The plan is to join up the separate sections of the line eventually for a single-train journey from one end of the line to the other. But for now, we will have to make do with a bit of faff at Paddington.

Hardly any wait at Paddington, and the trip is a smooth, comfortable journey overground through the light industrial estates and business parks of western London, with plenty of time to admire the new moquette.

Part of the family: the train’s seats reflect that the line is part of London’s transport

Even though the Elizabeth Line is not strictly part of the London Underground Tube family, it does have its LU style moquette, the fabric design on the seats, a rather fetching mixture of purples, blues and beige, with flashes of red and orange.

Oddly, the Elizabeth appears on the new tube maps as “Elizabeth line” alongside the other lines which are referred to just by their name, the Victoria, Central or Bakerloo, etc.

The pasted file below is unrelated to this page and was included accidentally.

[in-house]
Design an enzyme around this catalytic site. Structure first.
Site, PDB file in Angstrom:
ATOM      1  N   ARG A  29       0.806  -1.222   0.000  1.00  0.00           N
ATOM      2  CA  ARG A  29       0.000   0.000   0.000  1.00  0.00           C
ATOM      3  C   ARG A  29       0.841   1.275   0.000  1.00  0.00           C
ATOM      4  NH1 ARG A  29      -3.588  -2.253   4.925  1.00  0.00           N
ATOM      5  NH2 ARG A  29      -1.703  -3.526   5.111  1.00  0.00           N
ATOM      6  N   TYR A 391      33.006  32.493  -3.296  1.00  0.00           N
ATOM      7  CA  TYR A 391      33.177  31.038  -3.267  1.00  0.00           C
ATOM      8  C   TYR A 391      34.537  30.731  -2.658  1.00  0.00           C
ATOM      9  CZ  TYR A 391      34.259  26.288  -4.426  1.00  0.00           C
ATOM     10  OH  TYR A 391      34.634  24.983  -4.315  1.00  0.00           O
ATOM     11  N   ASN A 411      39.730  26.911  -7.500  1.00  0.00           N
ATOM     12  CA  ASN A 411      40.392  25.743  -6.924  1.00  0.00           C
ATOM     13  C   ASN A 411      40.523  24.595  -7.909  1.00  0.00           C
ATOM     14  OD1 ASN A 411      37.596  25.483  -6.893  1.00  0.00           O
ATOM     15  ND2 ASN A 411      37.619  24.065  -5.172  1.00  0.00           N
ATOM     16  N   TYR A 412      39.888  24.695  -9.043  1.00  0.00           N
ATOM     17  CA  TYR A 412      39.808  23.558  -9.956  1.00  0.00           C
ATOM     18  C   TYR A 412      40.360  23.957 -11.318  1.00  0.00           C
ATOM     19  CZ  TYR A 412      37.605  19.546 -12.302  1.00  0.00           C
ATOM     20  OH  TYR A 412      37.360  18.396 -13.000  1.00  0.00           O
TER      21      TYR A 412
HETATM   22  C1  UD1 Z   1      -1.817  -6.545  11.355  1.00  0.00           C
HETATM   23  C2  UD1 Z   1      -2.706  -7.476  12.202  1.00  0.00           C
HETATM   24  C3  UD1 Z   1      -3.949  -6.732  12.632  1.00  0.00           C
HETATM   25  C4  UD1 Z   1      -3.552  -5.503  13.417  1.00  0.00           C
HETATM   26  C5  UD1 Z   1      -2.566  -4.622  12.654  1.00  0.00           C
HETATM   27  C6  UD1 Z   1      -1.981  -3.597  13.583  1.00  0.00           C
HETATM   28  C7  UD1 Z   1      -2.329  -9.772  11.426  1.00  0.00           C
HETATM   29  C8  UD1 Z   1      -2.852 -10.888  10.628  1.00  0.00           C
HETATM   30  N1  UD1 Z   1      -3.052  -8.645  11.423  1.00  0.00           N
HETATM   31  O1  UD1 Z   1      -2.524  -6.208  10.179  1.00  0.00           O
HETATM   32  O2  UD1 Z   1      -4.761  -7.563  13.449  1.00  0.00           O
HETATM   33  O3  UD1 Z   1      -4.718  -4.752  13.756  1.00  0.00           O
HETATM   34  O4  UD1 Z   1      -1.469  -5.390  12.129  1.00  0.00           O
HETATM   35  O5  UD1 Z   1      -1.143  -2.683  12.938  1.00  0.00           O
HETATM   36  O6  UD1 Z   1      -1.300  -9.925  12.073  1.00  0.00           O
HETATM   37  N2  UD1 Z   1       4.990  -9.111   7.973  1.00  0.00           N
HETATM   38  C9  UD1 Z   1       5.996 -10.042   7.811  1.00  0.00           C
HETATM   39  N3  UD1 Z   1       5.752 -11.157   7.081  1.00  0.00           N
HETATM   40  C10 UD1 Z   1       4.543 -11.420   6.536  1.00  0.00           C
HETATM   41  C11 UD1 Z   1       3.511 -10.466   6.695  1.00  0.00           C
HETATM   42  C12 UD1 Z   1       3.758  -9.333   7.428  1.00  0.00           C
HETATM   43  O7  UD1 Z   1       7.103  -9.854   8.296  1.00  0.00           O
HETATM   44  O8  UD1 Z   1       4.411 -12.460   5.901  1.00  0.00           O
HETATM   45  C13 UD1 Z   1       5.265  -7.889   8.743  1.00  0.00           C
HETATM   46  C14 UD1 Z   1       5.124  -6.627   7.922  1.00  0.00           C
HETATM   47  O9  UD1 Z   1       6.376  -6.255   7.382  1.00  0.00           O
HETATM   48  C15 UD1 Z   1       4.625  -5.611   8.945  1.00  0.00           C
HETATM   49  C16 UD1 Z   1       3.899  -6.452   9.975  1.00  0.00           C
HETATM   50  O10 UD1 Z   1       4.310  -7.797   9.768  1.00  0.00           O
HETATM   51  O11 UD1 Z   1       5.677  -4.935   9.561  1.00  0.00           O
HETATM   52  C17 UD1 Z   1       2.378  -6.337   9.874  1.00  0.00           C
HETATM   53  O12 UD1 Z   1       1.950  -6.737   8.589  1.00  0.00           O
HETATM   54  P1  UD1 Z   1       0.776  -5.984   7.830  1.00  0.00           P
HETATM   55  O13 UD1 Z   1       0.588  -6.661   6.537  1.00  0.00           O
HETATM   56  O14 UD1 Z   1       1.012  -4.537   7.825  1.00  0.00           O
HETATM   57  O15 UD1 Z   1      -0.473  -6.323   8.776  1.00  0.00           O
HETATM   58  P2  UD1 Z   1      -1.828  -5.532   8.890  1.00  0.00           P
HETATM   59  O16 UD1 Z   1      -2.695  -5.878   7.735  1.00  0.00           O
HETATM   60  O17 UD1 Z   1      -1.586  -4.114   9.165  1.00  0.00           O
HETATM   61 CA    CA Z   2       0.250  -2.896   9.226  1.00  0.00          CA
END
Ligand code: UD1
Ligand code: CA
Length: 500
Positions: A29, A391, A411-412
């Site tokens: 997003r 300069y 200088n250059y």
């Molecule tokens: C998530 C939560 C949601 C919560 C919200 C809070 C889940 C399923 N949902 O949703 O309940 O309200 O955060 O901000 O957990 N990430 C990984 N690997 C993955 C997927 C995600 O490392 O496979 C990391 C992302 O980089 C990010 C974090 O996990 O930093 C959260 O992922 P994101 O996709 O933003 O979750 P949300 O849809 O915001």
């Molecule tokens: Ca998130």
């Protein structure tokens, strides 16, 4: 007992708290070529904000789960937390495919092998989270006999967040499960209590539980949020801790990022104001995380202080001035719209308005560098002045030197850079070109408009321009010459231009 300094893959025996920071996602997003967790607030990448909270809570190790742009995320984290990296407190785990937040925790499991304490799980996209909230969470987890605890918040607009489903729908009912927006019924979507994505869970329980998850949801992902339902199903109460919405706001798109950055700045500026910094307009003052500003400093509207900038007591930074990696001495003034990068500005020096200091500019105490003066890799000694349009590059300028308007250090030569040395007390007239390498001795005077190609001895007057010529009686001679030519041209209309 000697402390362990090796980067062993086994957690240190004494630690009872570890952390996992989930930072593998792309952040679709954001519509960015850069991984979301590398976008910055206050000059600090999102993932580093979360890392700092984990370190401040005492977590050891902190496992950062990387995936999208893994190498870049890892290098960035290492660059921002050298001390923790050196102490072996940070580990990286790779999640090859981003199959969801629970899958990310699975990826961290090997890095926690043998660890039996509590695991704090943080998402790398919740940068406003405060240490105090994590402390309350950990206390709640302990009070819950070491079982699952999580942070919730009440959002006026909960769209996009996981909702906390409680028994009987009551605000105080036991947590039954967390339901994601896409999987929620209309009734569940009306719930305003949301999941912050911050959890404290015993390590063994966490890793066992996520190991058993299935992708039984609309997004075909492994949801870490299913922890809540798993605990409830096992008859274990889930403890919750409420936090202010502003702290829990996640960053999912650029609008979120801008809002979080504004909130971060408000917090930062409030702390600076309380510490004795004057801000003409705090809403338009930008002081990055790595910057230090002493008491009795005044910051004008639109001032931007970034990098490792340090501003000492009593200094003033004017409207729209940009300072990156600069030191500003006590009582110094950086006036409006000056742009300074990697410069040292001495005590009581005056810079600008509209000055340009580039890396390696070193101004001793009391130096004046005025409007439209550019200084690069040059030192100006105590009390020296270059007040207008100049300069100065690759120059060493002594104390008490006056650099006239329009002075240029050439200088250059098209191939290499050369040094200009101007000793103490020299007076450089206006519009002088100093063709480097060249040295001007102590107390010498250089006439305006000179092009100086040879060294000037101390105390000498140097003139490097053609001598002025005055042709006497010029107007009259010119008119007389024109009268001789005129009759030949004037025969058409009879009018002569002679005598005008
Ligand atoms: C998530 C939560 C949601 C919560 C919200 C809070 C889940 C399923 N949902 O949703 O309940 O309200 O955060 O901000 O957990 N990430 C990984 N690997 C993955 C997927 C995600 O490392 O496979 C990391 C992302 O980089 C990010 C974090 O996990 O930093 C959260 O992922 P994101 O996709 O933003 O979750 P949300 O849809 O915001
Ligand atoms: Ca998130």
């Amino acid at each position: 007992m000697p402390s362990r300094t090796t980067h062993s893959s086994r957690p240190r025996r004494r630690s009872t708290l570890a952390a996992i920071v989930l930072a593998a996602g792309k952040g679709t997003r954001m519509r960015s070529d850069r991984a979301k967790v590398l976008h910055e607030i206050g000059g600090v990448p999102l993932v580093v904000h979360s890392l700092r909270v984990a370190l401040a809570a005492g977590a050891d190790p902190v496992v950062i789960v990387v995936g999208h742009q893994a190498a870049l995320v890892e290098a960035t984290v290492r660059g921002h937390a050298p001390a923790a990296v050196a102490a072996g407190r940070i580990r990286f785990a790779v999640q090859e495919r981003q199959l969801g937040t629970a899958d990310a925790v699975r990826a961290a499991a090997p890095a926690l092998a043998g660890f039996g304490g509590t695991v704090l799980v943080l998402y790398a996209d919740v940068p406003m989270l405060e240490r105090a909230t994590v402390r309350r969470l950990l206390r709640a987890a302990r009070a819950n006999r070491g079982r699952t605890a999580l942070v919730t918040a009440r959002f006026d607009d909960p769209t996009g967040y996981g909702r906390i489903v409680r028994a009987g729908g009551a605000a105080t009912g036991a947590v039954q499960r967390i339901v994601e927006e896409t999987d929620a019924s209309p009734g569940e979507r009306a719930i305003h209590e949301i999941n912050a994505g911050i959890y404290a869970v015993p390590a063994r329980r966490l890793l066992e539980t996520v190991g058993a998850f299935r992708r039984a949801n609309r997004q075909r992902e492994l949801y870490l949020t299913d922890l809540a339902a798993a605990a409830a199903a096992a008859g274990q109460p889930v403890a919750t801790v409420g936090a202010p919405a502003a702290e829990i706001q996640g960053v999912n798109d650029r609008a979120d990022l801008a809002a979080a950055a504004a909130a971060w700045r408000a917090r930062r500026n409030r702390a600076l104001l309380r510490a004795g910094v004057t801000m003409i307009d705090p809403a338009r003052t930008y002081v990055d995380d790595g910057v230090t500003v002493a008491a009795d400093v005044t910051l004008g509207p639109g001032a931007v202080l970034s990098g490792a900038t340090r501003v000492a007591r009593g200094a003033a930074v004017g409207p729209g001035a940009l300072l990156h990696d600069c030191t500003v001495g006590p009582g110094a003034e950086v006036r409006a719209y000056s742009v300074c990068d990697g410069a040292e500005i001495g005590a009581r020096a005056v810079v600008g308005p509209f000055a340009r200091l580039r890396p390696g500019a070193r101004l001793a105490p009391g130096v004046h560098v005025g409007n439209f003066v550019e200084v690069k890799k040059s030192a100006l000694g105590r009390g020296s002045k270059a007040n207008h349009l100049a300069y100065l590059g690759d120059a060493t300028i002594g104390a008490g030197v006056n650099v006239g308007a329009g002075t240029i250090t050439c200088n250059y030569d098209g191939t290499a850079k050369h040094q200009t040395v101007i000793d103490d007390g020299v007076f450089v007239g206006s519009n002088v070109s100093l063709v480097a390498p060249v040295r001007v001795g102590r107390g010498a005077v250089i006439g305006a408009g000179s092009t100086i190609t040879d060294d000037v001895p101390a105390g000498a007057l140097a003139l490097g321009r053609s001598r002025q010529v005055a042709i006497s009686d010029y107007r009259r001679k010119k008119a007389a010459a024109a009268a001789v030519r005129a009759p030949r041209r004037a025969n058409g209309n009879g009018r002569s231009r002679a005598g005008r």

So, while we are expected to infer that the blue line on the map denotes the Victoria line, and the red line marks out the trajectory of the Central line, we need to be informed that the purple line is the Elizabeth line line. Maybe I am making something out of nothing, but it looks strange. Did someone somewhere think that “Elizabeth” by itself would sound disrespectful?

We arrived at Heathrow Terminals 2 and 3 at 11.45. So the journey, station to station, was just under an hour and a quarter. At £32.30 for an off-peak single ticket (the return is double that) it was not cheap, but it was nice and it is relatively quick.

So, if this summer you are flying off somewhere not quite as hot as London, perhaps the Elizabeth line line does offer those travelling from Croydon a reasonable alternative to having to drive, or be driven, to Heathrow or, worse, forking out at least twice as much as the train fare for an Uber or such-like.